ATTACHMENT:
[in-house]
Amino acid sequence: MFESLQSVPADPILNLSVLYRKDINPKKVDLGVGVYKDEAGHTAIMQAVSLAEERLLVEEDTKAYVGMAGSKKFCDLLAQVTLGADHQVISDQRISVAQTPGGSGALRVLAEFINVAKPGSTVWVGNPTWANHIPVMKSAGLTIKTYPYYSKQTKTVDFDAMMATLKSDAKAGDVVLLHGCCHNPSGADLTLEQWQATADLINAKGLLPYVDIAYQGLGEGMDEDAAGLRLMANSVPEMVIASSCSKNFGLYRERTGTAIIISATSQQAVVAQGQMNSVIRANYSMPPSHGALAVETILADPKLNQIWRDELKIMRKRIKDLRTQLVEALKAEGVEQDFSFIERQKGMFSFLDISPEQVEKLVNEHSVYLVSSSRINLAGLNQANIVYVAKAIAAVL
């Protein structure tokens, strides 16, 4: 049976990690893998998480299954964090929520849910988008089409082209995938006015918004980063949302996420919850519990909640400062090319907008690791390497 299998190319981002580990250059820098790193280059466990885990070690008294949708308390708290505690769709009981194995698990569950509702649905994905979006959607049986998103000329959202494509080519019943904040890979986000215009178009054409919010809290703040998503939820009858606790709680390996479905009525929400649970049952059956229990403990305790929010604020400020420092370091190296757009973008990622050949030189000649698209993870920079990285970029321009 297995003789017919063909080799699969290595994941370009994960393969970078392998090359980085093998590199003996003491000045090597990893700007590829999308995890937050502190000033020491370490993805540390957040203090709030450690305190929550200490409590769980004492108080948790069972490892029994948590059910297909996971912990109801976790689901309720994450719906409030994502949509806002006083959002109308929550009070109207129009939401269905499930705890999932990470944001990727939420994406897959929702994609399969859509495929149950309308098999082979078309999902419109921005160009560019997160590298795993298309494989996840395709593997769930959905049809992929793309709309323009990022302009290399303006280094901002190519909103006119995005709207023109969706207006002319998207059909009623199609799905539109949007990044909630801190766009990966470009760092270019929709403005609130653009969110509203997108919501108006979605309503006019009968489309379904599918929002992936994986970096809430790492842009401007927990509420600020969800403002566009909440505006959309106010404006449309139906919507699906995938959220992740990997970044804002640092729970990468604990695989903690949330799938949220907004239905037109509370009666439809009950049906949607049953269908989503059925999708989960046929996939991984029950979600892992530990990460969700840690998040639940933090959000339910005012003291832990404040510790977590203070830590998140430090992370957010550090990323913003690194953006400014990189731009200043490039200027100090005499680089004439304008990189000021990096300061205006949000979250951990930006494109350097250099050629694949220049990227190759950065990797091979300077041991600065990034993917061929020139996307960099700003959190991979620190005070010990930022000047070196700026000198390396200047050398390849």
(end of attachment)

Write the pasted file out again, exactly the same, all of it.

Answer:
[in-house]
Amino acid sequence: MFESLQSVPADPILNLSVLYRKDINPKKVDLGVGVYKDEAGHTAIMQAVSLAEERLLVEEDTKAYVGMAGSKKFCDLLAQVTLGADHQVISDQRISVAQTPGGSGALRVLAEFINVAKPGSTVWVGNPTWANHIPVMKSAGLTIKTYPYYSKQTKTVDFDAMMATLKSDAKAGDVVLLHGCCHNPSGADLTLEQWQATADLINAKGLLPYVDIAYQGLGEGMDEDAAGLRLMANSVPEMVIASSCSKNFGLYRERTGTAIIISATSQQAVVAQGQMNSVIRANYSMPPSHGALAVETILADPKLNQIWRDELKIMRKRIKDLRTQLVEALKAEGVEQDFSFIERQKGMFSFLDISPEQVEKLVNEHSVYLVSSSRINLAGLNQANIVYVAKAIAAVL
């Protein structure tokens, strides 16, 4: 049976990690893998998480299954964090929520849910988008089409082209995938006015918004980063949302996420919850519990909640400062090319907008690791390497 299998190319981002580990250059820098790193280059466990885990070690008294949708308390708290505690769709009981194995698990569950509702649905994905979006959607049986998103000329959202494509080519019943904040890979986000215009178009054409919010809290703040998503939820009858606790709680390996479905009525929400649970049952059956229990403990305790929010604020400020420092370091190296757009973008990622050949030189000649698209993870920079990285970029321009 297995003789017919063909080799699969290595994941370009994960393969970078392998090359980085093998590199003996003491000045090597990893700007590829999308995890937050502190000033020491370490993805540390957040203090709030450690305190929550200490409590769980004492108080948790069972490892029994948590059910297909996971912990109801976790689901309720994450719906409030994502949509806002006083959002109308929550009070109207129009939401269905499930705890999932990470944001990727939420994406897959929702994609399969859509495929149950309308098999082979078309999902419109921005160009560019997160590298795993298309494989996840395709593997769930959905049809992929793309709309323009990022302009290399303006280094901002190519909103006119995005709207023109969706207006002319998207059909009623199609799905539109949007990044909630801190766009990966470009760092270019929709403005609130653009969110509203997108919501108006979605309503006019009968489309379904599918929002992936994986970096809430790492842009401007927990509420600020969800403002566009909440505006959309106010404006449309139906919507699906995938959220992740990997970044804002640092729970990468604990695989903690949330799938949220907004239905037109509370009666439809009950049906949607049953269908989503059925999708989960046929996939991984029950979600892992530990990460969700840690998040639940933090959000339910005012003291832990404040510790977590203070830590998140430090992370957010550090990323913003690194953006400014990189731009200043490039200027100090005499680089004439304008990189000021990096300061205006949000979250951990930006494109350097250099050629694949220049990227190759950065990797091979300077041991600065990034993917061929020139996307960099700003959190991979620190005070010990930022000047070196700026000198390396200047050398390849």